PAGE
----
Applications in other disciplines

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Information Visualisation and the Semantic Web

The Semantic Web is a new research mainstream started on a vision of Tim Berners-Lee in 1998. The main idea of the Semantic Web is to take advantage of the huge quantity of information provided by the Web and make it available into a format "understandable" to computer programs. Documents on the web are mainly encoded in HTML format, which was created to present information to human readers thought a Web browser. This format specify how the layout of a paragraph, or a part of a text, must be presented to the users: fonts, colors, align, etc. Nothing about the "semantic" of a text is encoded in an HTML file (e.g. there are not tag that specify who is the author of a document). Only humans are able to hunderstand the content of a rendered HTML pages.

The Semantic Web moves a step forward, aims to build the content of web sites in a meningful way that it would be understandable not only to human beings, but also to computers. This can be achieved by technologies that use XML derived languages to encode the content of documents in Internet, such as RDF (resource description framework) and Topic Maps that add computer-understandable meanings that describe the data (the metadata). With ontologies (mechanisms for representing the description of a domain, encoded in RDF or similar technlogies), computer programs can exchange information with a shared semantic of his meaning.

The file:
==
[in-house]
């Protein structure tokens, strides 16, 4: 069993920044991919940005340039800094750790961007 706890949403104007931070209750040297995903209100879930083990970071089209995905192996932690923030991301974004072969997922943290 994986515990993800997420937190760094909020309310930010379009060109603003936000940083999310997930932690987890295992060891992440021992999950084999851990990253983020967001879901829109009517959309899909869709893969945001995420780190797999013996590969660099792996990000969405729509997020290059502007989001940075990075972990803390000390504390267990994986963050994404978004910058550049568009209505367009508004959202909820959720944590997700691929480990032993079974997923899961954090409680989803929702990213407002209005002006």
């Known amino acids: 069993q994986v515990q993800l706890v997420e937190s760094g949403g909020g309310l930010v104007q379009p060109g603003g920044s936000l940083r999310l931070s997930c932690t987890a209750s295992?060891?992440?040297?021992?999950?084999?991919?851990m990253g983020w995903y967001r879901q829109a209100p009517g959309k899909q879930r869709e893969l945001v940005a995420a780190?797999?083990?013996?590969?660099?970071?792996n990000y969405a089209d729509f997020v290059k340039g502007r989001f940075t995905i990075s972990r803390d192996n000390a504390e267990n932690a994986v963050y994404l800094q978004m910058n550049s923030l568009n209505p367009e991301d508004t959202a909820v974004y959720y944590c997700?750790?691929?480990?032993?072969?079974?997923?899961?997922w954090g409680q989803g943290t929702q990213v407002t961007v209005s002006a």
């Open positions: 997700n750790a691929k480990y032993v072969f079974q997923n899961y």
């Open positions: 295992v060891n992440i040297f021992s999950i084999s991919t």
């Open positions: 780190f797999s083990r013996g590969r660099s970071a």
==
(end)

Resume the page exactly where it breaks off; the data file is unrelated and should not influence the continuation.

"IV aims to produce graphical representations of abstract information structure for human users, whereas the Semantic Web aims to rely on a universal descriptive framework of resources that can be utilized by software agents. ... the two research fields differ in some fundamental ways in terms how semantics is defined and represented" [geroimenko:semanticwebinfo:03, p. 15]. However, some applications of Semantic Webs may take advantage of the semantics provided by ontologies and viceversa. In the following paragraph we will describe some applications where the Semantic Web could be effectively coupled with some graphical representations.

Applications

The FRODO RDFSViz [1] and OntoViz [2] are two examples of applications that aim to visualise ontologies represented in RDF Schema (FRODO RDFSViz) and ontologies represented with Topic Maps (OntoViz).

Visualizations of RDF models with FRODO RDFSViz
Visualizations of Topic Maps with OntoViz


The Persons and Competencies (PeC) Navigator is an application which aims to visualize, navigate, and search resources representing persons, groups of persons and competencies within organizations. Data are stored in RDF files and an ontology defined in the OWL language represents persons, groups, competence elements and the relationships among them, such as “knows”among people and a competence, or “isMemberOf” among people and groups. The image below shows an example of graphic visualization of human resources and groups, and all their related competencies within the Organization.

The Persons and Competencies (PeC) Navigator


References: SWAP2004[3]


Links to other tools


Pubblications

Information Visualisation in Data Mining

Visual data mining combines human visual perception and recognition capabilities with computationa systems for the exploration of large data sets.

A special number of the journal of Universal Computer Science [4] has been published on this theme

Conversations

  • Visualisation of conversations: See M. Hearst coursenote 2002

WWW